I also saw from the inside the political and business sides of the institutional art world. During this time the age of the "blockbuster show" was going full tilt. Big crowds and bigger gift shops were trademarks of the day. Art became a vehicle for attracting and producing large sums of money to finance not just shows but also pet projects and extravagant futile expansion plans.
|One Dollar Bill, acrylic/oil on panel, 7" X 9", 1992|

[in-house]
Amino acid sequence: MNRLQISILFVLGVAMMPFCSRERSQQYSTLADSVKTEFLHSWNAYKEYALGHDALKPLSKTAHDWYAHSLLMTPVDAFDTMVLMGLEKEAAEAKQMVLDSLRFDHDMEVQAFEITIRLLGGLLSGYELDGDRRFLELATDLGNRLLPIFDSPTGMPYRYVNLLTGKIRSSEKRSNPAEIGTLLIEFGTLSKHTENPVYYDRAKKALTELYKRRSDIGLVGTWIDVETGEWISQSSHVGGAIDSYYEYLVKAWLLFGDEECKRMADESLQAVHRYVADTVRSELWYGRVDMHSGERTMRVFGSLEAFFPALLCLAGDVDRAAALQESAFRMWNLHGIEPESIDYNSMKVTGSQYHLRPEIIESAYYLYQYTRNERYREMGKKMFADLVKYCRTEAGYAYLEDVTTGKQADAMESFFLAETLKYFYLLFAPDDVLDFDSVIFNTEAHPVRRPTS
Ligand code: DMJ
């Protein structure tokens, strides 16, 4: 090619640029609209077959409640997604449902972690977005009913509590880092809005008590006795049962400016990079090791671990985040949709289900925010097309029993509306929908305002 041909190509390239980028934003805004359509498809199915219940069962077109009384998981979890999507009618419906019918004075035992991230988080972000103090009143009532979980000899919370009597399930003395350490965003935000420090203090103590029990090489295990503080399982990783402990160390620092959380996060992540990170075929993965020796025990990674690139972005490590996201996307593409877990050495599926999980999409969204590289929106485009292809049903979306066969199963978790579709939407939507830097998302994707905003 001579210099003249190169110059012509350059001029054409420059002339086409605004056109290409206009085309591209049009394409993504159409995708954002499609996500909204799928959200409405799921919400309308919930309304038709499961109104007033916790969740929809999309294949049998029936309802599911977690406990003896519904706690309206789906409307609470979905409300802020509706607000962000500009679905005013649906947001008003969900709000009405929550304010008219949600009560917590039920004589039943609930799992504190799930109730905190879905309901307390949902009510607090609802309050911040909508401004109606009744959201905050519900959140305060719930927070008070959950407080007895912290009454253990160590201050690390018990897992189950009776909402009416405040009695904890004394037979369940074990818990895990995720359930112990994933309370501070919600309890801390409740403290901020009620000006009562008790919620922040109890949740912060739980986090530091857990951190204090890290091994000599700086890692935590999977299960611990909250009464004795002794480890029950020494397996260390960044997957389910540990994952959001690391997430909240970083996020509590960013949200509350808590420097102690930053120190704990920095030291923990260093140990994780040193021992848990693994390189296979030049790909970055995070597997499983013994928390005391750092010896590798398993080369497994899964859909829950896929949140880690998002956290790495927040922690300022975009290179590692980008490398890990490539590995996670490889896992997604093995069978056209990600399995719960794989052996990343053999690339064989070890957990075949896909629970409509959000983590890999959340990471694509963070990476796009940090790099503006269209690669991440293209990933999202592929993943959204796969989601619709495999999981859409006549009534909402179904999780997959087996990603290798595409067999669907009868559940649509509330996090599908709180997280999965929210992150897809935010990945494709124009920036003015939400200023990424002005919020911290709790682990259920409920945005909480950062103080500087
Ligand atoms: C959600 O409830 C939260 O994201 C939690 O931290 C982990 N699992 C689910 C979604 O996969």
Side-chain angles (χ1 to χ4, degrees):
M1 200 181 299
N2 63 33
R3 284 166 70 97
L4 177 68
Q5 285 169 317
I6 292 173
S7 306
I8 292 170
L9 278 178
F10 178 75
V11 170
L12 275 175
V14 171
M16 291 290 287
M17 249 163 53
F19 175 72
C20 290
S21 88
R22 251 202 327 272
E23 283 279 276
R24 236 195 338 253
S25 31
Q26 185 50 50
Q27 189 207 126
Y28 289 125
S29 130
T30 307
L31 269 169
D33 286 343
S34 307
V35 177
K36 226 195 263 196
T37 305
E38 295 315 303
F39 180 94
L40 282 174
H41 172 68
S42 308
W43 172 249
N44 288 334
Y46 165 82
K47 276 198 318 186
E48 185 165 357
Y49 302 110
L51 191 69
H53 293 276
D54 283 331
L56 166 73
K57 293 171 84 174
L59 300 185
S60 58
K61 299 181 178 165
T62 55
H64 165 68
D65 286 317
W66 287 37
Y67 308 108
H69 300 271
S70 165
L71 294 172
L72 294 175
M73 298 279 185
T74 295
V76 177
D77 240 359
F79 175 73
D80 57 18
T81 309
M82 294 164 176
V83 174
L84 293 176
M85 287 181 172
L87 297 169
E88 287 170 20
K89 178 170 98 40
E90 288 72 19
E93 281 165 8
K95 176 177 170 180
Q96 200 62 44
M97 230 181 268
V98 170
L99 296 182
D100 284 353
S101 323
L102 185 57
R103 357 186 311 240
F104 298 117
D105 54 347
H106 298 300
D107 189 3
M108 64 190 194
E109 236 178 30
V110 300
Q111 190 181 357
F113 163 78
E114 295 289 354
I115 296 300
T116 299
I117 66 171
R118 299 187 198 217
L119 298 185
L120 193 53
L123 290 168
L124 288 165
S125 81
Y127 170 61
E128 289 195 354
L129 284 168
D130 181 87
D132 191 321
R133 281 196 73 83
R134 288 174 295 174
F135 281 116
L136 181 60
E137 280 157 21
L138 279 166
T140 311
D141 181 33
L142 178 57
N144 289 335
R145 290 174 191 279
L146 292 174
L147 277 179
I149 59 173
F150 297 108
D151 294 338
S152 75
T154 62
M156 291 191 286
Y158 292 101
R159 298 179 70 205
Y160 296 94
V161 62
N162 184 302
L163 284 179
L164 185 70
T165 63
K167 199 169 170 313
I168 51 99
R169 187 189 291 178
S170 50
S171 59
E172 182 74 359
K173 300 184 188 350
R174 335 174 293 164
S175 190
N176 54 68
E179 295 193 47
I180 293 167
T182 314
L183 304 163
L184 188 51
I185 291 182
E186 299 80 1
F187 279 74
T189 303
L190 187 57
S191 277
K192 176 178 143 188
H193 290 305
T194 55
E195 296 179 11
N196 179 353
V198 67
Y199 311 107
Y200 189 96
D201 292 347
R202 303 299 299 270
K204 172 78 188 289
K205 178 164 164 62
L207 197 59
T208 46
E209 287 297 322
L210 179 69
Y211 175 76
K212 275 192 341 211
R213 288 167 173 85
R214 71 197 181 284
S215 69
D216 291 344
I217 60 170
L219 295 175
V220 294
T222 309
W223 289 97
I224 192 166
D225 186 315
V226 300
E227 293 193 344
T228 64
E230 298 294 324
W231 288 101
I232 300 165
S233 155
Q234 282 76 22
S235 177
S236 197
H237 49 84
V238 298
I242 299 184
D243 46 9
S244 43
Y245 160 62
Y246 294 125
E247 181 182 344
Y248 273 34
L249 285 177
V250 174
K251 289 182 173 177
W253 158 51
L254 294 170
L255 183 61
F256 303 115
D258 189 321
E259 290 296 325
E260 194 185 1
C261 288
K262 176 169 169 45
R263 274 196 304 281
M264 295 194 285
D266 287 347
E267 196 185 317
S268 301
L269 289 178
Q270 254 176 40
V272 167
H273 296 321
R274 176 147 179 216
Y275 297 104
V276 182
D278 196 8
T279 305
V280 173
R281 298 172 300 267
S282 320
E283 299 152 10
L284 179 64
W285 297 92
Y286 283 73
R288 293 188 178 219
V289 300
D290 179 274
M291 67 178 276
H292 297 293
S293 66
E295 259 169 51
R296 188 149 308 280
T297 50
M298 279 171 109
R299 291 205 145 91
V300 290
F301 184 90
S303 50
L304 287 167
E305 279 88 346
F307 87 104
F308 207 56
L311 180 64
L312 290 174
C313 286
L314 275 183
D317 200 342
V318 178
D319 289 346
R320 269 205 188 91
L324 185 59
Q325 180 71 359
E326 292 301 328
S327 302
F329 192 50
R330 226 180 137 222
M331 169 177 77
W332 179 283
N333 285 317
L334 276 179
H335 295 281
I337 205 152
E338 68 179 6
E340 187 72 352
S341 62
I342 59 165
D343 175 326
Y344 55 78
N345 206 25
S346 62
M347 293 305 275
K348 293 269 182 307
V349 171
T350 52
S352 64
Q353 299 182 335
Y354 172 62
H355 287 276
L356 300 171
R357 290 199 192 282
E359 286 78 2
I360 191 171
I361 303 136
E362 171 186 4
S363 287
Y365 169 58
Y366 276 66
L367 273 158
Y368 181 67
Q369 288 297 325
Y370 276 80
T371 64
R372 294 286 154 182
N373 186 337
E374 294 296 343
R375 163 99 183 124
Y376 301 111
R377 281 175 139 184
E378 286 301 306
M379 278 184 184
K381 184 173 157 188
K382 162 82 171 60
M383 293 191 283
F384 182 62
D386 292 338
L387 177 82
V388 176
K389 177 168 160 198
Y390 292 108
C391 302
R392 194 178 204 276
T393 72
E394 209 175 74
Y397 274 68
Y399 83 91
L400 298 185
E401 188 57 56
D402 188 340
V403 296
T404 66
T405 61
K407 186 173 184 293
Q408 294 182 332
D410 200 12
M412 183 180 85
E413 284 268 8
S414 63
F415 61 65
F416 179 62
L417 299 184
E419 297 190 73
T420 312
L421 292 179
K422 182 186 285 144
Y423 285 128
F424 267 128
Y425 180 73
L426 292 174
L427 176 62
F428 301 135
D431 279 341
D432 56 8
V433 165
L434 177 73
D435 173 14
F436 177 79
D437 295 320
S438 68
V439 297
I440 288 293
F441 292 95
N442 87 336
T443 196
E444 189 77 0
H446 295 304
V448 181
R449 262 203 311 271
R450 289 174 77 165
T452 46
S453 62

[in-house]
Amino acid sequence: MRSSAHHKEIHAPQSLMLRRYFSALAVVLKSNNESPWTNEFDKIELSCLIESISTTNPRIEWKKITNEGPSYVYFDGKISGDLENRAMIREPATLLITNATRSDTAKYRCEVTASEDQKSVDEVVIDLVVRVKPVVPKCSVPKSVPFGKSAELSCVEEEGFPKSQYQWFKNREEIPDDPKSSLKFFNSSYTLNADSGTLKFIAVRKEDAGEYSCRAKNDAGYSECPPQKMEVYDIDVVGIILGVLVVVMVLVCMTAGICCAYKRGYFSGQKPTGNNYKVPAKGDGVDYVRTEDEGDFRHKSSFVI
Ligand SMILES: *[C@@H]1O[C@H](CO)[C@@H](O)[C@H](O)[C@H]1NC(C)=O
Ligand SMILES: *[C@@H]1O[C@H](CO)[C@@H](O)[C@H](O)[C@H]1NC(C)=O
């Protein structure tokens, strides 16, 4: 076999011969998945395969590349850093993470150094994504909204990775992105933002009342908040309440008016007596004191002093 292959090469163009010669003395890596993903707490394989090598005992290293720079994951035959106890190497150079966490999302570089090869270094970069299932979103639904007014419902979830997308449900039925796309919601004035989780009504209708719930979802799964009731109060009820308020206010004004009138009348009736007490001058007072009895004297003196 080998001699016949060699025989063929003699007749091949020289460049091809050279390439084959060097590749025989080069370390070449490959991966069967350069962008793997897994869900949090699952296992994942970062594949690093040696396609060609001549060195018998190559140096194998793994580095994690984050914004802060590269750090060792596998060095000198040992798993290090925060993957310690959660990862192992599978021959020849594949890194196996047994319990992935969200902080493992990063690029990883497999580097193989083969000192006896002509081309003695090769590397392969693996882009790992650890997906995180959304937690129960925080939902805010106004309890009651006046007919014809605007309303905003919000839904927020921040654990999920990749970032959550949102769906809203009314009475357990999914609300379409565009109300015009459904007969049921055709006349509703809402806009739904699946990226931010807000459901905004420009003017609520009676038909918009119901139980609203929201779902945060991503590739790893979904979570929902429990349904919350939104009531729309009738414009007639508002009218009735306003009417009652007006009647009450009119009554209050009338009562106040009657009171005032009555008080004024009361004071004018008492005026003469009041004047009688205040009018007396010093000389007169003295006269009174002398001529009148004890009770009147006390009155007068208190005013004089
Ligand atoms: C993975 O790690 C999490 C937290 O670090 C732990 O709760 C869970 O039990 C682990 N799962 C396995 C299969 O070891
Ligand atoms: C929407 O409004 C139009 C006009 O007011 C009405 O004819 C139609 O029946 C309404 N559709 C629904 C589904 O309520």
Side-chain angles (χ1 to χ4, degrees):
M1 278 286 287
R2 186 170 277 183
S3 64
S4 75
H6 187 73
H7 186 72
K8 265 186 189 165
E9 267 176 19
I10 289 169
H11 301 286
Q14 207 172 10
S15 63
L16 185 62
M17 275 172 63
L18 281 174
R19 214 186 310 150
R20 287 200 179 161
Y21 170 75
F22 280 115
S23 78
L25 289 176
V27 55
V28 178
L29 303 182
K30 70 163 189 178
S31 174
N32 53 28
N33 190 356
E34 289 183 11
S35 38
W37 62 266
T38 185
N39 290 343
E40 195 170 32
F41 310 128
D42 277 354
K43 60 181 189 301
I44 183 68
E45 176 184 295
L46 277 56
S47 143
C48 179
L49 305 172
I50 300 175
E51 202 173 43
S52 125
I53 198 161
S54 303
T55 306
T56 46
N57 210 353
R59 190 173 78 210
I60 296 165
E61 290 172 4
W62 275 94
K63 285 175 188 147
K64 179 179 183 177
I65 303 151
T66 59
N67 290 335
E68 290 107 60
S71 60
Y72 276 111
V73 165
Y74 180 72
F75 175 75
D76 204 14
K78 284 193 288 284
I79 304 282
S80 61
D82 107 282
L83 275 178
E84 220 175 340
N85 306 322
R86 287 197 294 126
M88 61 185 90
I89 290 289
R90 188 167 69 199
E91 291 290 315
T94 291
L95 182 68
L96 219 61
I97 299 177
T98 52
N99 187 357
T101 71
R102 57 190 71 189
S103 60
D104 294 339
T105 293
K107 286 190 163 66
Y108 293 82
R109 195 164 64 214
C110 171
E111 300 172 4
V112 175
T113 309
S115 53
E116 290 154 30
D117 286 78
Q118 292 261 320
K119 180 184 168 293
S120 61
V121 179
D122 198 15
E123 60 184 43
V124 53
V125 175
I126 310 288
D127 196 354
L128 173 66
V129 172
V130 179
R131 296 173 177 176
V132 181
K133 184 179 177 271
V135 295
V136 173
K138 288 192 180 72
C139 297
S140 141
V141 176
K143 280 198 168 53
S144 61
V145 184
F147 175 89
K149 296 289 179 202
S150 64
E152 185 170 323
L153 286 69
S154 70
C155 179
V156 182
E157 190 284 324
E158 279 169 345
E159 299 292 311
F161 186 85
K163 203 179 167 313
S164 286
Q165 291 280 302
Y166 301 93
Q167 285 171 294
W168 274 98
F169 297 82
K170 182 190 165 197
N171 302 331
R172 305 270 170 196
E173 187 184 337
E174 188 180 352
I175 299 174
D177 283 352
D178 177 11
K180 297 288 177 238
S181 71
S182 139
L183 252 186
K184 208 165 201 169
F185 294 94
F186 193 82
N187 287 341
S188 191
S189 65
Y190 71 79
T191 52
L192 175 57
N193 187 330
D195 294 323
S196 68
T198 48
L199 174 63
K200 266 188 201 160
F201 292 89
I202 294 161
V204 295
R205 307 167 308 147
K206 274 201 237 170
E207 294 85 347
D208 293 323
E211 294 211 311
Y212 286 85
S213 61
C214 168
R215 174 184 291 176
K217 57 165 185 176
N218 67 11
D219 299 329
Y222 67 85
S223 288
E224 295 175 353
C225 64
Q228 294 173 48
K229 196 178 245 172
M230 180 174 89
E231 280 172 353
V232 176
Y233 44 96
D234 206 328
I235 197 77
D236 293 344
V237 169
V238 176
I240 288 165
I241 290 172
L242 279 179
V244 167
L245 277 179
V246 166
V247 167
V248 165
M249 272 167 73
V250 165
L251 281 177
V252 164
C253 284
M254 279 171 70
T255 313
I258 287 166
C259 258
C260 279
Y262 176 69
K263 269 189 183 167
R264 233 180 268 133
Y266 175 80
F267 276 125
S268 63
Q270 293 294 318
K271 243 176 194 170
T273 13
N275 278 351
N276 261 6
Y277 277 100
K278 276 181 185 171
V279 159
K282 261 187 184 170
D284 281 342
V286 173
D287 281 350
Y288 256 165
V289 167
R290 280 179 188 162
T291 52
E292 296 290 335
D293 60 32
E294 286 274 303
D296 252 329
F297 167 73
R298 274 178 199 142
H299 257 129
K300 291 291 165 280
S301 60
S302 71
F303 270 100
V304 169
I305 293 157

Collection of Charles Tate
Many things happen in life that people have little or no control over. The demise of the Corcoran isn't one of them. I don't pretend to know the private financial situation of the Corcoran. But I know what I saw and heard from good sources over the years. The Corcoran was done in by the people who ran the place. The ruling art class for whom art is just a path to status and power. A shortsighted, feckless board and a string of incompetent, egotistical and often greedy directors brought down the Corcoran. A more thoughtful approach that valued art over the almighty dollar could have avoided this outcome.